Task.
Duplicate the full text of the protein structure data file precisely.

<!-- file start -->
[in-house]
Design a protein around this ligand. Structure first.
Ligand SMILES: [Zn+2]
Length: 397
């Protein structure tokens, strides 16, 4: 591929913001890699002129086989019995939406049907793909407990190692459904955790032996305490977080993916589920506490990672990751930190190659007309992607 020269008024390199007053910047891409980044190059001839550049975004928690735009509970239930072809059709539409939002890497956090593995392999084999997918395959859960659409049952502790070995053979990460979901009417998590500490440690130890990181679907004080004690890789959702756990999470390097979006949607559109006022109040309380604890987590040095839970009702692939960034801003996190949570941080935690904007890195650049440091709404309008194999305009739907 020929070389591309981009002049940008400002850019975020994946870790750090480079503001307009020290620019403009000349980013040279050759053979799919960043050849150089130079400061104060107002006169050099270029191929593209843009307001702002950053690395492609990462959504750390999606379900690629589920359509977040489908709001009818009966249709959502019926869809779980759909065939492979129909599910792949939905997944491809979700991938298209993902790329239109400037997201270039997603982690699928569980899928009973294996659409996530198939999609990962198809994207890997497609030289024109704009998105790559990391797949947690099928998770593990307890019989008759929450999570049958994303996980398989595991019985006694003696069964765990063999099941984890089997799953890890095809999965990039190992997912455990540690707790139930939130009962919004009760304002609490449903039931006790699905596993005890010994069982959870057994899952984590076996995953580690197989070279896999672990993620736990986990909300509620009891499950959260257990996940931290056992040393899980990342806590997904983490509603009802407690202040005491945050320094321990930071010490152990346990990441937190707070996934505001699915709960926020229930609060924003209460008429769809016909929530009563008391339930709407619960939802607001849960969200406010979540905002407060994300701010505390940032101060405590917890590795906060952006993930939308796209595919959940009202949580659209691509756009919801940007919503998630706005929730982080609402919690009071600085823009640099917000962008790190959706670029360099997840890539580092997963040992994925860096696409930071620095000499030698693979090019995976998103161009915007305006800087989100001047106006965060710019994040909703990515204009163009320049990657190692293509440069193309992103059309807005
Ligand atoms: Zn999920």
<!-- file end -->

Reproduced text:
[in-house]
Design a protein around this ligand. Structure first.
Ligand SMILES: [Zn+2]
Length: 397
């Protein structure tokens, strides 16, 4: 591929913001890699002129086989019995939406049907793909407990190692459904955790032996305490977080993916589920506490990672990751930190190659007309992607 020269008024390199007053910047891409980044190059001839550049975004928690735009509970239930072809059709539409939002890497956090593995392999084999997918395959859960659409049952502790070995053979990460979901009417998590500490440690130890990181679907004080004690890789959702756990999470390097979006949607559109006022109040309380604890987590040095839970009702692939960034801003996190949570941080935690904007890195650049440091709404309008194999305009739907 020929070389591309981009002049940008400002850019975020994946870790750090480079503001307009020290620019403009000349980013040279050759053979799919960043050849150089130079400061104060107002006169050099270029191929593209843009307001702002950053690395492609990462959504750390999606379900690629589920359509977040489908709001009818009966249709959502019926869809779980759909065939492979129909599910792949939905997944491809979700991938298209993902790329239109400037997201270039997603982690699928569980899928009973294996659409996530198939999609990962198809994207890997497609030289024109704009998105790559990391797949947690099928998770593990307890019989008759929450999570049958994303996980398989595991019985006694003696069964765990063999099941984890089997799953890890095809999965990039190992997912455990540690707790139930939130009962919004009760304002609490449903039931006790699905596993005890010994069982959870057994899952984590076996995953580690197989070279896999672990993620736990986990909300509620009891499950959260257990996940931290056992040393899980990342806590997904983490509603009802407690202040005491945050320094321990930071010490152990346990990441937190707070996934505001699915709960926020229930609060924003209460008429769809016909929530009563008391339930709407619960939802607001849960969200406010979540905002407060994300701010505390940032101060405590917890590795906060952006993930939308796209595919959940009202949580659209691509756009919801940007919503998630706005929730982080609402919690009071600085823009640099917000962008790190959706670029360099997840890539580092997963040992994925860096696409930071620095000499030698693979090019995976998103161009915007305006800087989100001047106006965060710019994040909703990515204009163009320049990657190692293509440069193309992103059309807005
Ligand atoms: Zn999920």